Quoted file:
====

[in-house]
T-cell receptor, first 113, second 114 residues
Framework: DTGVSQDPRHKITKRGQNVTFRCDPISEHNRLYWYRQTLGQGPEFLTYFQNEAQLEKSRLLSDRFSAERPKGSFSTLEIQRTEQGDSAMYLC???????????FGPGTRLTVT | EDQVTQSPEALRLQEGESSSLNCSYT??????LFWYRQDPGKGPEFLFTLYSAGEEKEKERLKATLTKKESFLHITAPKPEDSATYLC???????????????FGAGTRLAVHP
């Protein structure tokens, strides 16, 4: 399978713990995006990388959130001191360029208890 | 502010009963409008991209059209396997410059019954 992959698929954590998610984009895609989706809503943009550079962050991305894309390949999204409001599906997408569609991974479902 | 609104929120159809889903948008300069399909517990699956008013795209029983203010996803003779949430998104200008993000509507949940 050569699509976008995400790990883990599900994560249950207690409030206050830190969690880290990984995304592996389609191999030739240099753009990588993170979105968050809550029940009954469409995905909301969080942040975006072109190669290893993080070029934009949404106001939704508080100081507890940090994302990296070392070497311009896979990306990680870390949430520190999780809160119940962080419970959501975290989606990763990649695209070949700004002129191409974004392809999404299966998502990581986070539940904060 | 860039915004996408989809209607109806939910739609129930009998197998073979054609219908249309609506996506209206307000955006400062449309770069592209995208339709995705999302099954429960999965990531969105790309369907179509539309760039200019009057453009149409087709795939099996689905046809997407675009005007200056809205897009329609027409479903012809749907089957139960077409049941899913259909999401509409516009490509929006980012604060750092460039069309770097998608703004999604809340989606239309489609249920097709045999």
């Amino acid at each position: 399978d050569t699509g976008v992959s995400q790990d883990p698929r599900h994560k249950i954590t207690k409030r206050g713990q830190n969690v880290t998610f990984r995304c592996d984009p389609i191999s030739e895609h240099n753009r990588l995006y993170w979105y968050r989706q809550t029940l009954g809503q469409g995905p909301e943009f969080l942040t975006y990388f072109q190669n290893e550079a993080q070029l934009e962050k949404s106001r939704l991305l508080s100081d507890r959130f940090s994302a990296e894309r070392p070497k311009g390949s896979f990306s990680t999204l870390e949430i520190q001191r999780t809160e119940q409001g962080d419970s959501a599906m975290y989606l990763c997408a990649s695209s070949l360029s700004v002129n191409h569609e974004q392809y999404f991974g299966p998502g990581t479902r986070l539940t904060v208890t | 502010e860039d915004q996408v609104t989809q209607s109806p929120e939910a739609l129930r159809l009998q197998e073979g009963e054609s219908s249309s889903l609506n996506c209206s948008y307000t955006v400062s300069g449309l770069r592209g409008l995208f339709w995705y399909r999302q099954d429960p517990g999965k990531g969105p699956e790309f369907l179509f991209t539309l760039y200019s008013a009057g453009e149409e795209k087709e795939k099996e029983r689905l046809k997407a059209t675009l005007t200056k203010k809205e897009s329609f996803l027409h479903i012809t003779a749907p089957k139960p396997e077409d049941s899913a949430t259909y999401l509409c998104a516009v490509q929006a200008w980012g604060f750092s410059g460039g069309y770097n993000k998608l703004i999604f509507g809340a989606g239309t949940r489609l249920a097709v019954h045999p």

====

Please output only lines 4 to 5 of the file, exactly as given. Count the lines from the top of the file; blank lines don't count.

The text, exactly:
């Protein structure tokens, strides 16, 4: 399978713990995006990388959130001191360029208890 | 502010009963409008991209059209396997410059019954 992959698929954590998610984009895609989706809503943009550079962050991305894309390949999204409001599906997408569609991974479902 | 609104929120159809889903948008300069399909517990699956008013795209029983203010996803003779949430998104200008993000509507949940 050569699509976008995400790990883990599900994560249950207690409030206050830190969690880290990984995304592996389609191999030739240099753009990588993170979105968050809550029940009954469409995905909301969080942040975006072109190669290893993080070029934009949404106001939704508080100081507890940090994302990296070392070497311009896979990306990680870390949430520190999780809160119940962080419970959501975290989606990763990649695209070949700004002129191409974004392809999404299966998502990581986070539940904060 | 860039915004996408989809209607109806939910739609129930009998197998073979054609219908249309609506996506209206307000955006400062449309770069592209995208339709995705999302099954429960999965990531969105790309369907179509539309760039200019009057453009149409087709795939099996689905046809997407675009005007200056809205897009329609027409479903012809749907089957139960077409049941899913259909999401509409516009490509929006980012604060750092460039069309770097998608703004999604809340989606239309489609249920097709045999």
């Amino acid at each position: 399978d050569t699509g976008v992959s995400q790990d883990p698929r599900h994560k249950i954590t207690k409030r206050g713990q830190n969690v880290t998610f990984r995304c592996d984009p389609i191999s030739e895609h240099n753009r990588l995006y993170w979105y968050r989706q809550t029940l009954g809503q469409g995905p909301e943009f969080l942040t975006y990388f072109q190669n290893e550079a993080q070029l934009e962050k949404s106001r939704l991305l508080s100081d507890r959130f940090s994302a990296e894309r070392p070497k311009g390949s896979f990306s990680t999204l870390e949430i520190q001191r999780t809160e119940q409001g962080d419970s959501a599906m975290y989606l990763c997408a990649s695209s070949l360029s700004v002129n191409h569609e974004q392809y999404f991974g299966p998502g990581t479902r986070l539940t904060v208890t | 502010e860039d915004q996408v609104t989809q209607s109806p929120e939910a739609l129930r159809l009998q197998e073979g009963e054609s219908s249309s889903l609506n996506c209206s948008y307000t955006v400062s300069g449309l770069r592209g409008l995208f339709w995705y399909r999302q099954d429960p517990g999965k990531g969105p699956e790309f369907l179509f991209t539309l760039y200019s008013a009057g453009e149409e795209k087709e795939k099996e029983r689905l046809k997407a059209t675009l005007t200056k203010k809205e897009s329609f996803l027409h479903i012809t003779a749907p089957k139960p396997e077409d049941s899913a949430t259909y999401l509409c998104a516009v490509q929006a200008w980012g604060f750092s410059g460039g069309y770097n993000k998608l703004i999604f509507g809340a989606g239309t949940r489609l249920a097709v019954h045999p």